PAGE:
I will not eat cat poop!
The sign of any great Comedy isn't necessarily how much it makes its viewers laugh -- Anchorman's got that down pat -- but in how well the movie penetrates into popular culture and displays a staying power through the use of lines, phrases, and catchwords that evolve from a scripted and delivered line in a movie into everyday colloquialisms that become a part of the lexicon. Movies like Caddyshack, Major League, Ferris Bueller's Day Off, and Groundhog Day are classics in part because they've evolved into something greater than a movie, having become synonymous with some facet of life thanks to a key line that often makes for a better descriptor of that moment than everyday language. Anchorman's packed with catch phrases -- "stay classy," "I'm kind of a big deal" -- that not only recall the movie, but have come to replace other, similar words and phrases in everyday language. It's that quotability and the instantly-recognizable dialogue that make movies like Anchorman irreplaceable; those who haven't seen it are left in the dark, but catching up with popular culture is just as good a reason as any to spend 90 minutes with Ferrell and gang; after all, their delivery is just as important to the staying power of a line as what it actually says.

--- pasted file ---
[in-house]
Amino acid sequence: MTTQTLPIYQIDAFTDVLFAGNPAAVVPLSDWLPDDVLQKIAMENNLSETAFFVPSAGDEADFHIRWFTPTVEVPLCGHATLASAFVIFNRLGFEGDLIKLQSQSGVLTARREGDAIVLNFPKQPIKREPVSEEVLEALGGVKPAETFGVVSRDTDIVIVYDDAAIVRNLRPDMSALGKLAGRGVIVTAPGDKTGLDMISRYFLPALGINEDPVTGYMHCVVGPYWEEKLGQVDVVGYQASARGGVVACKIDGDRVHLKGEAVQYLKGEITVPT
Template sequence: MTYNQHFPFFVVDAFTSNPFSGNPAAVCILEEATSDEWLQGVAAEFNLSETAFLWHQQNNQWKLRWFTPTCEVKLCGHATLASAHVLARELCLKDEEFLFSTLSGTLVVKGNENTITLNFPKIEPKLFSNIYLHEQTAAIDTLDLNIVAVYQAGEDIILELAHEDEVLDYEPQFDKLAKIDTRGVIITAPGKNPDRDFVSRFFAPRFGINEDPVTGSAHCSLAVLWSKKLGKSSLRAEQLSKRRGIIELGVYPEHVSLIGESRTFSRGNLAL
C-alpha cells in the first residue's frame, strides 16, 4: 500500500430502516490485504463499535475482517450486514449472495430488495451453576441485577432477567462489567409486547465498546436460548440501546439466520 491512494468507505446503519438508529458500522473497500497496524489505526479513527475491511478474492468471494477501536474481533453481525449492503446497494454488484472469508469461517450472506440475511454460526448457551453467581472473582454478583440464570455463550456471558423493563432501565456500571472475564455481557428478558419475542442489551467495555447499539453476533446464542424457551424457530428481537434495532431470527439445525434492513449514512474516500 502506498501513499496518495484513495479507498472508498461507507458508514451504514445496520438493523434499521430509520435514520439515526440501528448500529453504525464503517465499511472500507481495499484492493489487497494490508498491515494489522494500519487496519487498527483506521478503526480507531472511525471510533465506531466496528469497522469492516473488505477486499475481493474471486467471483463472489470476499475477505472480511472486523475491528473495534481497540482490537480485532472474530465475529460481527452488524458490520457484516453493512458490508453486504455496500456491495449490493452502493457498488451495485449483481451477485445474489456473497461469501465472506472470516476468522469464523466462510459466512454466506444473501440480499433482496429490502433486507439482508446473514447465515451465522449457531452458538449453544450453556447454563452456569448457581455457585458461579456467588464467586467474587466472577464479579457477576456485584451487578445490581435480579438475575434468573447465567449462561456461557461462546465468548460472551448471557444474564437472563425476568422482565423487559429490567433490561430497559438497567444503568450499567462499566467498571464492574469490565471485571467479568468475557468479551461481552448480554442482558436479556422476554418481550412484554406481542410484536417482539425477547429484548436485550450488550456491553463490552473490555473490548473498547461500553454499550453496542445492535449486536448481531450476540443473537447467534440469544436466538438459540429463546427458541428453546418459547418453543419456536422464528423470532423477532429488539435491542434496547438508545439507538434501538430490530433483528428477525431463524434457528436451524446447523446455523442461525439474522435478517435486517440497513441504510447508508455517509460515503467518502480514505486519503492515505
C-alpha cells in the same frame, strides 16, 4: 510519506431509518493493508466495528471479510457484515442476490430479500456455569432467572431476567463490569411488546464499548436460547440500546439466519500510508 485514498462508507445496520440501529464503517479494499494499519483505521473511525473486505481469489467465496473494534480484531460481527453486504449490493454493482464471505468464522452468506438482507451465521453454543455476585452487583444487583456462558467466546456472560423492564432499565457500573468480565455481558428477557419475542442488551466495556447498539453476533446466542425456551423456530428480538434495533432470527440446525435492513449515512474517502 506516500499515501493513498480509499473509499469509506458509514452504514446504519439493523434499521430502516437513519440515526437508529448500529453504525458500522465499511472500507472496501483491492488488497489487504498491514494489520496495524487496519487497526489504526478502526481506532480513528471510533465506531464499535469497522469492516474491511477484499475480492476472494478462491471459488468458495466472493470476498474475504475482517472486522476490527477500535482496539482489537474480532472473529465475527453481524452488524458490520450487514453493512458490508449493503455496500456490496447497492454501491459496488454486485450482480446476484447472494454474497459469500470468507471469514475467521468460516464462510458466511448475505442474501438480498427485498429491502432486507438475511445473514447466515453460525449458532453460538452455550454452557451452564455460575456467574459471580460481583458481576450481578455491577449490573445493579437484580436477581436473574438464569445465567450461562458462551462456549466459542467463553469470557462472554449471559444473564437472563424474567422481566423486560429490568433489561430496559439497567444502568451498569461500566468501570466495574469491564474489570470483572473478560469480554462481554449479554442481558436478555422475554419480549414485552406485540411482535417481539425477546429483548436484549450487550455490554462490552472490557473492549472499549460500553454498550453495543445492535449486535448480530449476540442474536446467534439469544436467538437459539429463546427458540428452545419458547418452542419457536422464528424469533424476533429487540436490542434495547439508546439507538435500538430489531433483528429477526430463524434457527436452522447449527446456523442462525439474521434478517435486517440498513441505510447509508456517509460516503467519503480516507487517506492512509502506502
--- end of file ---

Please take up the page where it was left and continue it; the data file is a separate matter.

You stay classy, San Diego.
Indeed, Anchorman's cast is rock-solid, with each of the core players falling so completely into character that the movie never once feels like, well, a movie, instead playing as some oddly appealing but still sexist and thematically grotesque behind-the-scenes glimpse into the lives of local newsmen in some parallel universe. Will Ferrell's performance is unquestionably the finest in the film, as it should be; there's not much to say because his performance is pitch-perfect and arguably the best of his career. He's got Burgundy down so well that his schtick as an overly confident, self-absorbed, center-of-attention slime ball needs no analysis; his is one of the best performances in memory in a raunchy Comedy. Christina Applegate turns in a great performance as the object of the men's affection and derision; they can't take their eyes off of her, but they can't stand that she's a part of the team, either. Applegate understands and embraces that dynamic through a performance that's as sassy as it is sweet, as sexy as it is invigorating. Burgundy's trio of misfits that form his band of supporting newsmen all play their parts like little puppies that can't help but love their master. David Koechner is excellent as a cowboy sportscaster whose potty mouth rivals that of anyone in the gang. If there's an equal to Ferrell and his effort, it's Steve Carell and his performance as an idiot weatherman with a low IQ and no idea what it is he's ever saying, which the perfect portrayal of the seemingly always-wrong weather personalities on the local news. Paul Rudd's character sometimes seems to disappear into the background behind the towering Ferrell, the loud Koechner, and the bumbling Carell, but he's still great as a guy who seems made up of parts of all three of his friends.
Como estan, beetches?